On July 5, 2010, an group led by Bill Vander Zalm filed a judicial review with the Supreme Court of British Columbia to challenge the Liberal Government's actions to implement the HST. The two main orders sought are:
1. An order in the nature of certiorari quashing the Order of the Lieutenant Governor in Council No. 661, dated November 30, 2009, and approval given therein to the Minister of Finance to enter into the Comprehensive Integrated Tax Coordination Agreement with the Government of Canada; and
2. A declaration that the Comprehensive Integrated Tax Coordination Agreement between the Government of Canada and the Government of British Columbia dated November 30, 2009 is of no force or effect and a nullity.
In simple terms, the orders, if granted by the Supreme Court of British Columbia, would undo/remove certain procedural steps that have led to the HST implementation and could cause all HST house of cards to fall.
I have read a copy of the Petition to the Court and find that it raises serious procedural issues. The most interesting points are raised in paragraphs 10-11, 16 & 18 of the Petition:
10. On November 30, 2009, the Lieutenant Governor in Council, by Order in Council 691 made pursuant to s. 4 of the Ministry of Intergovernmental Relations Act, R.S.B.C. 1996, c. 303, purported to give authority to the Minister of Finance to enter into the Comprehensive Integrated Tax Coordination Agreement with the Government of Canada (the "CITC Agreement").
11. In the CITC Agreement, the Government of British Columbia agreed, subject to the requisite legislative approvals, to the imposition and implementation of PVAT in British Columbia. The CITC Agreement purports to authorize the Government of Canada to introduce the necessary legislative amendments to include British Columbia as a participating province under Part IX of the Excise Tax Act. The parties agreed that the PVAT would be implemented in British Columbia on July 1, 2010.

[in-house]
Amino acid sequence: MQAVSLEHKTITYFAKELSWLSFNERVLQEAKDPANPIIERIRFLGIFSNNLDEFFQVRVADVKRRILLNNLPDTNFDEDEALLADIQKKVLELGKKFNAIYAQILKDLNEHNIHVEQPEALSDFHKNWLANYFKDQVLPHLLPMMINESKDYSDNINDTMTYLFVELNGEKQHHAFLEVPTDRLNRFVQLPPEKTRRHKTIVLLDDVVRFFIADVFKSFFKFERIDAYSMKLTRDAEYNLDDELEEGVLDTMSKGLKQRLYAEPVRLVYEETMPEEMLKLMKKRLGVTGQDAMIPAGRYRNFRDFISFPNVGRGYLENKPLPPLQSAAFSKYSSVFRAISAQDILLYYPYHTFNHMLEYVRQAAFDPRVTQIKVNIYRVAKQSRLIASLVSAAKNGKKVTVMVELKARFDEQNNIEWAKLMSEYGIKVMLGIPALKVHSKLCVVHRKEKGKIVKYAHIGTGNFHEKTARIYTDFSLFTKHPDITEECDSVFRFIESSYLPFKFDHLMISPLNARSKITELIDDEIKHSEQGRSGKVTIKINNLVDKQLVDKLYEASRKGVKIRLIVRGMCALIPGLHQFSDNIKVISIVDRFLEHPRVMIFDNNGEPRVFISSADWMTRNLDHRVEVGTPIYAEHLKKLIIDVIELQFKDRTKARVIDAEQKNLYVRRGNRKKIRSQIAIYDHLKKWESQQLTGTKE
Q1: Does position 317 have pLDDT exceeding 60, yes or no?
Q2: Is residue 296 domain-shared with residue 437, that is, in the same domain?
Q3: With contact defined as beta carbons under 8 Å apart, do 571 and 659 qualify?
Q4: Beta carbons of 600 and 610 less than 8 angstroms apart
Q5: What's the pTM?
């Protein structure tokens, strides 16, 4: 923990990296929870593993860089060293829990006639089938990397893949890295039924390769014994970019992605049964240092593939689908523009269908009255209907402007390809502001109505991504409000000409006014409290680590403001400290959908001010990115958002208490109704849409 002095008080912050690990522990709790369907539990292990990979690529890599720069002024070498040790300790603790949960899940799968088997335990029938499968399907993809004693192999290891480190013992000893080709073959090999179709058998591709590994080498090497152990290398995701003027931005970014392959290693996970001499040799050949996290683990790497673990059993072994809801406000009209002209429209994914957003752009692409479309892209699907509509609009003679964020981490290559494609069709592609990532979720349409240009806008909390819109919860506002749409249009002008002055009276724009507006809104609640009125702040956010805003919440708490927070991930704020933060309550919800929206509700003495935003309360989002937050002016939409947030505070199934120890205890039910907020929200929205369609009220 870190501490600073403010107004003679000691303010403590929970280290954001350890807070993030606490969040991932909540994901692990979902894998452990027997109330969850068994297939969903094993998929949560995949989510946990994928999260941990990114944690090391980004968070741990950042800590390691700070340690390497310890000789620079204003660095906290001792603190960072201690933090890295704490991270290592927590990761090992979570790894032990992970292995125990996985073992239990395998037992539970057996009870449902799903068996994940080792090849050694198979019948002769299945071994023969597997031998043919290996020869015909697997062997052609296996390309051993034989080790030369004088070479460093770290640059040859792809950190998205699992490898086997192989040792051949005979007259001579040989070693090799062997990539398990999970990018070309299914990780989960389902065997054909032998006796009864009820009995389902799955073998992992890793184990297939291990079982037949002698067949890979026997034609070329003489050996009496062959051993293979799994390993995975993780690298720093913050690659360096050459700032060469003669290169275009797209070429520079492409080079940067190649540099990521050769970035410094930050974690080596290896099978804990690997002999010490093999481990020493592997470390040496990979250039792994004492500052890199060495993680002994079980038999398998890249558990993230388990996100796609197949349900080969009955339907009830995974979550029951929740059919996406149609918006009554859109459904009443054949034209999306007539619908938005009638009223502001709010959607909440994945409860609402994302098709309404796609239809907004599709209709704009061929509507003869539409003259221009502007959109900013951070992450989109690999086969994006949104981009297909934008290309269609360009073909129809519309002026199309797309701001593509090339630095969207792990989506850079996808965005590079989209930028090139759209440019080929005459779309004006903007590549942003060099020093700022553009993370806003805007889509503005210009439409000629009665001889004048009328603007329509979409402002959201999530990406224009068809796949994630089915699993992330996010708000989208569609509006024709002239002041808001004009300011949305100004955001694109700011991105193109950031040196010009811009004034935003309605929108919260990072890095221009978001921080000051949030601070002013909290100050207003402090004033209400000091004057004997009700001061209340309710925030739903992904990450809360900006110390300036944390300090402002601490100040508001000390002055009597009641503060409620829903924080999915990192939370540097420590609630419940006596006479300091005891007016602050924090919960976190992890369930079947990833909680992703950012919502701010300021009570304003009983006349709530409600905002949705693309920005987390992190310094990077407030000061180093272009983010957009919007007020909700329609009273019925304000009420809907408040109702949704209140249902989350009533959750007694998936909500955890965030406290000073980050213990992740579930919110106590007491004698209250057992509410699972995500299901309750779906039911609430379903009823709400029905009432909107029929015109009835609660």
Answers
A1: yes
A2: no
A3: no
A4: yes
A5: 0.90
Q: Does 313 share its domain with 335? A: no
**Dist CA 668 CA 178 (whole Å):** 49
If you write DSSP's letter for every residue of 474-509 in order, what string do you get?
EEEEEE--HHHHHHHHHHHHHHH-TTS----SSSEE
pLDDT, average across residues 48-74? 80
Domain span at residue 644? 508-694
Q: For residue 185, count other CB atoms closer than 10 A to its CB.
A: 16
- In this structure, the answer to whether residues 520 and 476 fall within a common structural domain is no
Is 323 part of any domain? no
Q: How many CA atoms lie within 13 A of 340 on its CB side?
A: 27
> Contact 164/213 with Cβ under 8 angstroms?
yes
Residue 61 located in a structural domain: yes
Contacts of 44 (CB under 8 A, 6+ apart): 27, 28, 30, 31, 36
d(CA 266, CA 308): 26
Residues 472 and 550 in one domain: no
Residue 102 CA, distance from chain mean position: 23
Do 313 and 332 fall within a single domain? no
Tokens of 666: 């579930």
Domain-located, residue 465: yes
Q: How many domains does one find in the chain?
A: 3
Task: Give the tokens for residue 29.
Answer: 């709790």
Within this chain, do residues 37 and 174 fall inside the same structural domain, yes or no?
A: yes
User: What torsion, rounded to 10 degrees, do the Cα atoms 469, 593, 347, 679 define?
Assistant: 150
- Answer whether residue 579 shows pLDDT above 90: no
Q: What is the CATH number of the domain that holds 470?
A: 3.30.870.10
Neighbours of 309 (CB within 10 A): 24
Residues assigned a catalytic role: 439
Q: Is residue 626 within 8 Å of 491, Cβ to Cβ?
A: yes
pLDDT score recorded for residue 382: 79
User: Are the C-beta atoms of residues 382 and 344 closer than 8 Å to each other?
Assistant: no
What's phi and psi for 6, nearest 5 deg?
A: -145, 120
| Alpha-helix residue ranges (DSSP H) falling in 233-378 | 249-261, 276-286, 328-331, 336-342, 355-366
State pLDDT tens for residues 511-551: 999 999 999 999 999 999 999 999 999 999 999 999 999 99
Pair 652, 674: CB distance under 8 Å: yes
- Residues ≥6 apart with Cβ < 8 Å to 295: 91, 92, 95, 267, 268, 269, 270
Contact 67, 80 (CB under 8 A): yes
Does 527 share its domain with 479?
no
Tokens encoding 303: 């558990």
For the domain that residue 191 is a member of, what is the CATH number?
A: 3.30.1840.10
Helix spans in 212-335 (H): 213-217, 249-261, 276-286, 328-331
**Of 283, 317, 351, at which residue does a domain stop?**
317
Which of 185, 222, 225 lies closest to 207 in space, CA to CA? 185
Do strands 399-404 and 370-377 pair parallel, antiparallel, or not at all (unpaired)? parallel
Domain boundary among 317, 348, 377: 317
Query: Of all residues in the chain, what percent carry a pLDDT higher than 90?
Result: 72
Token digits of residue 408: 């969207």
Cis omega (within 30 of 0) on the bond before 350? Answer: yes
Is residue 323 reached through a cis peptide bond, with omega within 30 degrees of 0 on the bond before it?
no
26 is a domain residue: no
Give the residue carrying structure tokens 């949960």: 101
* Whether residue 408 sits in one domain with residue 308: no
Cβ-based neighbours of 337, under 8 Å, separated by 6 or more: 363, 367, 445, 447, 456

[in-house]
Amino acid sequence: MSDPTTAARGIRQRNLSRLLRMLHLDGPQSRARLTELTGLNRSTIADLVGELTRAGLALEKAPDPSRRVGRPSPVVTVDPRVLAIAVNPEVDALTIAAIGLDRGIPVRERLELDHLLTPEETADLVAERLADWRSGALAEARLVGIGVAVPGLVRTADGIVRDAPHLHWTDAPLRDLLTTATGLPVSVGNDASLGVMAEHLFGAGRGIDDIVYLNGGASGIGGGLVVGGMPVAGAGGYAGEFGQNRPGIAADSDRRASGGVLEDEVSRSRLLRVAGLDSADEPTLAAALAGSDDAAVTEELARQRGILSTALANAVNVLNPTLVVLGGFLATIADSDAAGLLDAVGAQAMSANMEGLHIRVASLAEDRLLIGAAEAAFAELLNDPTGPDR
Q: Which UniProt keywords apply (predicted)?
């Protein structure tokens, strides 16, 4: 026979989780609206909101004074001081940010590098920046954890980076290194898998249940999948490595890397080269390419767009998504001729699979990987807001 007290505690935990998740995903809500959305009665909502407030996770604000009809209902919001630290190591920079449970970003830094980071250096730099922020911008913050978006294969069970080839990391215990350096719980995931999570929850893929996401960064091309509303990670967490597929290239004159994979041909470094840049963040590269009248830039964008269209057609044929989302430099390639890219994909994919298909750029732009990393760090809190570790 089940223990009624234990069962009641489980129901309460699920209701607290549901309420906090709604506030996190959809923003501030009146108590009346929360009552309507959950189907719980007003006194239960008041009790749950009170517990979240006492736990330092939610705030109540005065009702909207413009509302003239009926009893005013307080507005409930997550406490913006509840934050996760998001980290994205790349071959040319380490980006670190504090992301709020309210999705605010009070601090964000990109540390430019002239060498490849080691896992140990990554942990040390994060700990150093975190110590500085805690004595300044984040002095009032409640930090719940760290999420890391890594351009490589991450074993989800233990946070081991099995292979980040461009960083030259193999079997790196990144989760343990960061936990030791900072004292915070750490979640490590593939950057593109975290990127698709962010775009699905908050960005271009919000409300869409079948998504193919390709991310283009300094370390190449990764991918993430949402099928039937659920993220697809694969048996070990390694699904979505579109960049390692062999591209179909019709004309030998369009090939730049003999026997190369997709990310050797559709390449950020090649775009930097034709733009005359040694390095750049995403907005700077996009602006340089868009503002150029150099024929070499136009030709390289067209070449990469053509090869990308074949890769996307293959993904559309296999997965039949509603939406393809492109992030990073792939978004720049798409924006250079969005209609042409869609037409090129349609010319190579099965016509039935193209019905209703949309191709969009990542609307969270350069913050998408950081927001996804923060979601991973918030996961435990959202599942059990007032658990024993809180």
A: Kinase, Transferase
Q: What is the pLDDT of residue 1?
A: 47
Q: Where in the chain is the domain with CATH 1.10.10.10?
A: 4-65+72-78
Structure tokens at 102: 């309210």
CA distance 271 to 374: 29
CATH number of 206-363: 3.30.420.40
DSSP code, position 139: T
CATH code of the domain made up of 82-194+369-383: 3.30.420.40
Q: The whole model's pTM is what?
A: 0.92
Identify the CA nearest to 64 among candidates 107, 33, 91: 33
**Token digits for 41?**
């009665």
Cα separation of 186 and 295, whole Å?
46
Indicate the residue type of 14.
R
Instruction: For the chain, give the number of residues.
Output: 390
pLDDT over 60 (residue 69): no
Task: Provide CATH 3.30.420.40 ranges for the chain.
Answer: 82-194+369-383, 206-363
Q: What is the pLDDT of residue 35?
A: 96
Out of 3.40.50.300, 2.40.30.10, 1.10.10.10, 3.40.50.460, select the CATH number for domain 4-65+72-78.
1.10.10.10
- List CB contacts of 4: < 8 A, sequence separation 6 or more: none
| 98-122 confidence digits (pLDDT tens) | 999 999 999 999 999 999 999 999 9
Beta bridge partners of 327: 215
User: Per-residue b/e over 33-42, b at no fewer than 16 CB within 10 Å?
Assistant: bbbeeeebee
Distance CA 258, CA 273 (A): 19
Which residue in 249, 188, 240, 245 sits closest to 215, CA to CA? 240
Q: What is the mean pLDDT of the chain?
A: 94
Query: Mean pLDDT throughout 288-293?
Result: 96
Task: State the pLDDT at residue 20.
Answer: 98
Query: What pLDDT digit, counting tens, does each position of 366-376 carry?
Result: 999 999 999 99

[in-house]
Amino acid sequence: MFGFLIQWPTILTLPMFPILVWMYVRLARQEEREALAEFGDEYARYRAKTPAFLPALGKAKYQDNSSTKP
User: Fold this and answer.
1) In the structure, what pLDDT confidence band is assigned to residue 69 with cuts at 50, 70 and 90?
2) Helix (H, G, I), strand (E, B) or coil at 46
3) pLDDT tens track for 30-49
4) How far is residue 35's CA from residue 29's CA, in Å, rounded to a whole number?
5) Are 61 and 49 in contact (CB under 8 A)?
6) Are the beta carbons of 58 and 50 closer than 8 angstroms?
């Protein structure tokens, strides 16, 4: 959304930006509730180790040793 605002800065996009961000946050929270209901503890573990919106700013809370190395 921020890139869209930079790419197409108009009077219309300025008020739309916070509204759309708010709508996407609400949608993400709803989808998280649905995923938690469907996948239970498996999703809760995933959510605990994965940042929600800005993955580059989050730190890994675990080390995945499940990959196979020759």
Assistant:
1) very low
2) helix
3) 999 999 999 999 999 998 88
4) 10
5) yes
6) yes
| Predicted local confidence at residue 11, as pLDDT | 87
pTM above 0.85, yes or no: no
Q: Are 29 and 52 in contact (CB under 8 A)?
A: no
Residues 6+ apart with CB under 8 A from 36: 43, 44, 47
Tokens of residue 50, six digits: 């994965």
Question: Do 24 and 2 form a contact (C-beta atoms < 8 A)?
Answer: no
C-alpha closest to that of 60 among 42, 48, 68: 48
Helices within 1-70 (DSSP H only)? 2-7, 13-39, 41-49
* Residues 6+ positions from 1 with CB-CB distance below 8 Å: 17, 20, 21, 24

16. The British Columbia Legislature did not purport, in the Consumption tax Rebate and transition Act, to ratify the CITC Agreement, authorize the Minister of Finance to enter into the CITC Agreement or otherwise approve the PVAT for British Columbia.
18. The British Columbia has not ratified the British Columbia CITC Agreement.
In simple terms, the B.C. Liberal Government did not take the formal procedural steps required to approve the cornerstone CITC Agreement.
In addition, the B.C. Liberal Government did not that the legally and constitutionally required steps. Part 3 of the Petition sets out the laws that were not followed. This is the part of the case that will be fascinating for legal historians and constitutional law observers. The case will look into the well known principle of law associated with the Boston Tea Party - "No taxation without representation".
What is argued to be a fatal flaw of the HST implementation in British Columbia is "[t]he CITC Agreement did not originate in the [B.C.] Legislature, and has not been ratified or approved by the Legislature..." Taxation of the people was not done properly.
The questions raised in the Petition are important ones for the people of British Columbia and businesses. While businesses may be concerned that Mr. Vander Zalm may be correct and their input tax credits may be taken away, my humble view is that the case has been brought quickly and the answer will be provided relatively quickly [even though Mr. Joseph Arvay, Q.C. has voiced hope that the case will be head by August 1, 2010, judicial proceedings take time and appeals lengthen the process]. Businesses will be better off if the judicial review decision is quick - rather than having the issue raised and determined 10 years from now after a large assessment of a single taxpayer. If 10 years of tax collection and filing GST/HST returns is reversed 10 years from now, the retroactive uncertainty and ramifications will be worse for businesses.
The implementation of HST in British Columbia is major tax reform that was rushed to meet the July 1, 2010 date. If the Mr. Vander Zalm is correct (and I think he is raising very important points and he is knowledgeable in government procedures), he is doing the right thing for the citizens of British Columbia by asking for a judicial review of the government's procedural steps and constitutional and legal authority to implement the HST.